‘Devenir gris’

Ah, Brighton. I grew up not far from this wonderful city, and it’s always had a place in my heart (oh, crikey. Have I been reading Mills & Boon or something?!) But the sentiment remains the same. If you’ve ever visited, you’ll know there’s a really special feeling to the place. It’s like London’s younger sister, the one who gets absolutely trashed every weekend, has a better wardrobe, a string of boyfriends, can’t hold down a job, but loves life. That is Brighton.

I personally always love visiting sea fronts in Winter. Something about seeing gaudy neon lettering on tacky piers set against a grey sky and sea really strikes me. That’s especially true of Brighton since the decay of the West Pier, which perches, skeletal, in the murky sea, facing off against its rival, the other pier, still running. Just. The wind blows up empty streets near the sea front, and the denizens of Brighton sidle around, coat collars drawn up and hands tucked into gloves.The city really does have an air of faded glamour. Things are slightly peeling at the edges, a little out of focus. A seaside postcard bleached out by the sun.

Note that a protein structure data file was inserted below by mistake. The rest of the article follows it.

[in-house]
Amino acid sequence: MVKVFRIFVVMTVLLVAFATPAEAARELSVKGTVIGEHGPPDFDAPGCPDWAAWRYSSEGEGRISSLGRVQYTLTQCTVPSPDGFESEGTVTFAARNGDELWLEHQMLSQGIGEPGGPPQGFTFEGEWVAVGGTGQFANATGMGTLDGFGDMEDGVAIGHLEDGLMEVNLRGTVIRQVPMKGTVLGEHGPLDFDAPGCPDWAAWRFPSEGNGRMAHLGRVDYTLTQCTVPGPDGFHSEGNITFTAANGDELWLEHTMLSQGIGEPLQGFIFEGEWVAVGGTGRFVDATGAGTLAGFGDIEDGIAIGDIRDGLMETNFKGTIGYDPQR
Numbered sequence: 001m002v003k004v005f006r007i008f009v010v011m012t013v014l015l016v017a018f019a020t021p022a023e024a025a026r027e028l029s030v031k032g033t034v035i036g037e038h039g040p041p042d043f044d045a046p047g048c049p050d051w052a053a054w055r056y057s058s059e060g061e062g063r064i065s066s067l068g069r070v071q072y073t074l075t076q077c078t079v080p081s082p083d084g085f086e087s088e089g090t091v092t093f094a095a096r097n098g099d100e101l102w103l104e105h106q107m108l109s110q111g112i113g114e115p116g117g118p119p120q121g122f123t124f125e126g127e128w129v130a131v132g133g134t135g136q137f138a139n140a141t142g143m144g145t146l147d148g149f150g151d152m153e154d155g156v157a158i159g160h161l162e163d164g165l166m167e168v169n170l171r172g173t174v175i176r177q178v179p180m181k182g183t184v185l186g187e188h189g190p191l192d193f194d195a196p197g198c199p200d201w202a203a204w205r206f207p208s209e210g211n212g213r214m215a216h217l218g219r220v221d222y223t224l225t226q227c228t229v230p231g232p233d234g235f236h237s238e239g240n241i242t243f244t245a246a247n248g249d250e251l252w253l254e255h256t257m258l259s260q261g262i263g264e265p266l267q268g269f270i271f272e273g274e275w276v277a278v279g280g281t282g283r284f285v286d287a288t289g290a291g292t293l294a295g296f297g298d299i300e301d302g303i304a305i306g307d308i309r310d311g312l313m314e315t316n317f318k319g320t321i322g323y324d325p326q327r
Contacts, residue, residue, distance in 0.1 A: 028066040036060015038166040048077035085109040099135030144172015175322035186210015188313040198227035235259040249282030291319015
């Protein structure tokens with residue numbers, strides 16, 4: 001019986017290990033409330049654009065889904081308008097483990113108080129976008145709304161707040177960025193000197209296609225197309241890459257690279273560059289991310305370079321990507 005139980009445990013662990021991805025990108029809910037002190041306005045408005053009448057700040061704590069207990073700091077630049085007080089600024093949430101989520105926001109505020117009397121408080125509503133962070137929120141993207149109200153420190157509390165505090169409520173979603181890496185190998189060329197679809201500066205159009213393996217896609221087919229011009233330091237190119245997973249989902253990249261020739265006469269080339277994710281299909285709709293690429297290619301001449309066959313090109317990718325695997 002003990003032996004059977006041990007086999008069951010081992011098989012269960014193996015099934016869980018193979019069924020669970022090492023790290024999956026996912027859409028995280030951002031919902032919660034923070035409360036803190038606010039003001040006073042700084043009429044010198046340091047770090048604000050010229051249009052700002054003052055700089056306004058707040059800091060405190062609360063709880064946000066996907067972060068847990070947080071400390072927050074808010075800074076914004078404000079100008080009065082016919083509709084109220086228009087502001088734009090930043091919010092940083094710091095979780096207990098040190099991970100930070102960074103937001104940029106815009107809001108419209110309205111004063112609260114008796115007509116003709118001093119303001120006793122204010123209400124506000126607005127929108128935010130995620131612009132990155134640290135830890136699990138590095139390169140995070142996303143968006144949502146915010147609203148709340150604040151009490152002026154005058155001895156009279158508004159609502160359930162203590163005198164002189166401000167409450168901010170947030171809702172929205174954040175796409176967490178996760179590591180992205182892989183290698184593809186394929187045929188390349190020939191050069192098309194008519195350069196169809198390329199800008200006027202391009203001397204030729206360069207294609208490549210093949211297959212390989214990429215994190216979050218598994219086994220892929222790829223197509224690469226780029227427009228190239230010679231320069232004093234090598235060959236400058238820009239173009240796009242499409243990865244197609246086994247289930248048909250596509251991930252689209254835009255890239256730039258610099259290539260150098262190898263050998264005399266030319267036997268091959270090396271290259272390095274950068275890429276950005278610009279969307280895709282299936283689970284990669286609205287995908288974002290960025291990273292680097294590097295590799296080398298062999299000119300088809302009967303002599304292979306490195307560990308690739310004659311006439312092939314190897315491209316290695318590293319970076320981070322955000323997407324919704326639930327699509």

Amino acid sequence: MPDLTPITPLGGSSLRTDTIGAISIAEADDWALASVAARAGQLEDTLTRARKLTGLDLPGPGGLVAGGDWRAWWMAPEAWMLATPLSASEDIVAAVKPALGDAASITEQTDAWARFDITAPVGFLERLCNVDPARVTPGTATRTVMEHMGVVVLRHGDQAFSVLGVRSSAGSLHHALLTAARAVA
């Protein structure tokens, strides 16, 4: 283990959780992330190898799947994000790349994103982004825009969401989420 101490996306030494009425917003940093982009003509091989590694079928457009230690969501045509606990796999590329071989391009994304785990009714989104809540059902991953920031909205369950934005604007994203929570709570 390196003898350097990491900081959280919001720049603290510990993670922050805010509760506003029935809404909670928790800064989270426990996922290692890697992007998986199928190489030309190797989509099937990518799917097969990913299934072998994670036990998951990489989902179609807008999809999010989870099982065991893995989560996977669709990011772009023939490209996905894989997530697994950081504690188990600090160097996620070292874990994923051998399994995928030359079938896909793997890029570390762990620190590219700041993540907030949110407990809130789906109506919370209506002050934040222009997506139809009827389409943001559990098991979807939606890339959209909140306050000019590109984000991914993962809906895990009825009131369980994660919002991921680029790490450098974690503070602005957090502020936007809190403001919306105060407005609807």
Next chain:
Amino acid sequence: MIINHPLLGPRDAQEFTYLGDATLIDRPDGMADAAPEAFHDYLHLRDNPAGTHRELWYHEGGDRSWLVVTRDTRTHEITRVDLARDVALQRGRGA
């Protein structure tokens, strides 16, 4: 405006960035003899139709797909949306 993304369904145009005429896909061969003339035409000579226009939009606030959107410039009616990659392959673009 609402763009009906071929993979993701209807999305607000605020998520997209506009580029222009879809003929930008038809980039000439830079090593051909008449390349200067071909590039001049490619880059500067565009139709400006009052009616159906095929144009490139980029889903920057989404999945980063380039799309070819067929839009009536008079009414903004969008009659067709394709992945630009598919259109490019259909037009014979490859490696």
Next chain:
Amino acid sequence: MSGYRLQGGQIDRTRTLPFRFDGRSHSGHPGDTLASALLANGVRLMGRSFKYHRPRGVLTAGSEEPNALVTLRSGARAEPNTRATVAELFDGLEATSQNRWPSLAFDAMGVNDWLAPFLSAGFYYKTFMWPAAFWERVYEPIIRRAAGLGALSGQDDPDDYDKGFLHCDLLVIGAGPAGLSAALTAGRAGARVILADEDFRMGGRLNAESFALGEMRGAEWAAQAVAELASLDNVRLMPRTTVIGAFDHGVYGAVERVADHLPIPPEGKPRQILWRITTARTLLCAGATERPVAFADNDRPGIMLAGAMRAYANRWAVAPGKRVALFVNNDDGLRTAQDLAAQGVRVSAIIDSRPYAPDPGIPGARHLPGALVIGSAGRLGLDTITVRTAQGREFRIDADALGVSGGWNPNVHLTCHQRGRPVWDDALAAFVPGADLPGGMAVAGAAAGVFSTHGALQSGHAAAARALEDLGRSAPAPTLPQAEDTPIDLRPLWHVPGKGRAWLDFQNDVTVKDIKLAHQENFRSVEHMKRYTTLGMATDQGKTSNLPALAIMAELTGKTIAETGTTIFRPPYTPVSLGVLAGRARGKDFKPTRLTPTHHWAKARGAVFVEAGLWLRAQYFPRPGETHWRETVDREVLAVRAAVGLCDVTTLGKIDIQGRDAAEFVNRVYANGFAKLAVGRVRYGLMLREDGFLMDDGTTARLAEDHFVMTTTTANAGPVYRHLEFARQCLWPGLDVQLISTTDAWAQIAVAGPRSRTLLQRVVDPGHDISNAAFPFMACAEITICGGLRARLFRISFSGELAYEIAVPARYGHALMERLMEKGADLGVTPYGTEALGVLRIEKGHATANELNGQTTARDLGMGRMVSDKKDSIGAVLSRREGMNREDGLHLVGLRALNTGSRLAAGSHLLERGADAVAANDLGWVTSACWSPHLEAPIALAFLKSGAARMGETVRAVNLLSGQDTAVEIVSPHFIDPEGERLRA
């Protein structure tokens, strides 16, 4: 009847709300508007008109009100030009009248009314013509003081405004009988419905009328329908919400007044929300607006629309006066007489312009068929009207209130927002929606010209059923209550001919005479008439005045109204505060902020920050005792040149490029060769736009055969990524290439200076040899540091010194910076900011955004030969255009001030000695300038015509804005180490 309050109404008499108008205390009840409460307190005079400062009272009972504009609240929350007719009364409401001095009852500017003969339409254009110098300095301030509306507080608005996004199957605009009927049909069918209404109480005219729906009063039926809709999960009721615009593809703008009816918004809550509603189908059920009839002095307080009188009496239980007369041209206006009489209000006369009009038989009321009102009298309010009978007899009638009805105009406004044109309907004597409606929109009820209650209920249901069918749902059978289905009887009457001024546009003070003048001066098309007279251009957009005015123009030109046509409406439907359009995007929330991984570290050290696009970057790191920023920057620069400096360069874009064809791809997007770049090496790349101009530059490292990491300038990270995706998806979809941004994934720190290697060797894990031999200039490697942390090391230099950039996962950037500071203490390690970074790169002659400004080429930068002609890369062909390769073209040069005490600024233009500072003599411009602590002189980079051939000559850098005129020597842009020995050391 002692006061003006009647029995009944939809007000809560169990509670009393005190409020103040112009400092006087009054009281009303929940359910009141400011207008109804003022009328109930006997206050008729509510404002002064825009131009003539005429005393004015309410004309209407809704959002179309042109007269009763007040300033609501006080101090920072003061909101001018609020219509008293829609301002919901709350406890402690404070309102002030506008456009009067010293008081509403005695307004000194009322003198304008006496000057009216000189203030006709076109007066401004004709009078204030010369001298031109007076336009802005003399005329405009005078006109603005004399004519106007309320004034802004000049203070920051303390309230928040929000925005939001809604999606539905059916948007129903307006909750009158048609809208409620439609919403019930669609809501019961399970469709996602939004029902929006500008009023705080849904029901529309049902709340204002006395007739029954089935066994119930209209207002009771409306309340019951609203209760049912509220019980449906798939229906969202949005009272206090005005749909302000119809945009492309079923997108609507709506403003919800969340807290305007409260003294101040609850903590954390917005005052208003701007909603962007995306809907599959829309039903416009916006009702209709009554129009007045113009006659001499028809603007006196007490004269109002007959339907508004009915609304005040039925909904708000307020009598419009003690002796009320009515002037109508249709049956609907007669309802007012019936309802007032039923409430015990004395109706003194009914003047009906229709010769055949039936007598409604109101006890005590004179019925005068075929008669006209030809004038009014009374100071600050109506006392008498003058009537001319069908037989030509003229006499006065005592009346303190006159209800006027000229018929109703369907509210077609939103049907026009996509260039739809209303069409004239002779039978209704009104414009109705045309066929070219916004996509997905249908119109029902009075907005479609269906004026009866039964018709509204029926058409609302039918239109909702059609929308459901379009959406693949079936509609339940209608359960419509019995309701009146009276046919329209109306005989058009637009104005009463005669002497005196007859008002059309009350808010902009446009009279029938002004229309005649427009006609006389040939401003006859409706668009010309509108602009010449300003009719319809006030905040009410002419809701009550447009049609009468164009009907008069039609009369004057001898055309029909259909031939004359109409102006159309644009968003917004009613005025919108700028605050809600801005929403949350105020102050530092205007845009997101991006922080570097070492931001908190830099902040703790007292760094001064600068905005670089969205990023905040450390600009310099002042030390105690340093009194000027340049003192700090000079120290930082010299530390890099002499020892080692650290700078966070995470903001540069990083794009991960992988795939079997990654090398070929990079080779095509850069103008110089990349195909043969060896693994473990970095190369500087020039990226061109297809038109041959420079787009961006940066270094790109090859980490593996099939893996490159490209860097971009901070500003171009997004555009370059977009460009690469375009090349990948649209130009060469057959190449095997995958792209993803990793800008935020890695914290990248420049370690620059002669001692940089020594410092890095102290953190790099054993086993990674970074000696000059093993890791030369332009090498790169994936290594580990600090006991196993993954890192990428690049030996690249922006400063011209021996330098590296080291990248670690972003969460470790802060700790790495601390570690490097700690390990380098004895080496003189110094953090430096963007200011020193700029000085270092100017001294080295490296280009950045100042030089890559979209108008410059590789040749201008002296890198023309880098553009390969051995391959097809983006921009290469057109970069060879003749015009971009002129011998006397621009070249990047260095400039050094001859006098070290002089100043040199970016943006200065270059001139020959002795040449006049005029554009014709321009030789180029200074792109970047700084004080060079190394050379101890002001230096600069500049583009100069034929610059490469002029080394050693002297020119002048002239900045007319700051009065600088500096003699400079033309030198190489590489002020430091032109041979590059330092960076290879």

I visited the other week to work on a street style project for Kenco Millicano in association with, so you can hop over to the site to look at the amazing style of Brighton residents. Because the city is a character in itself, I also shot a lot of incidental photos in between people, and wanted to include them here, on my blog. My photos at the moment are definitely tending towards the bleak, I’m afraid! It’s strange – I dislike Winter hugely, and feel like I don’t come alive until Spring, but I’ve been transfixed by the broken structures of trees against skies, and a general appearance of ‘greyness’.

Despite this muted colour pallette, the Brighton residents provided the colour. Within about 15 minutes, I saw a very white middle class chap singing Shaggy songs, a man playing a piano outside (the piano was on wheels), and a man in a top hat rollerblading. Good.

I love Brighton.

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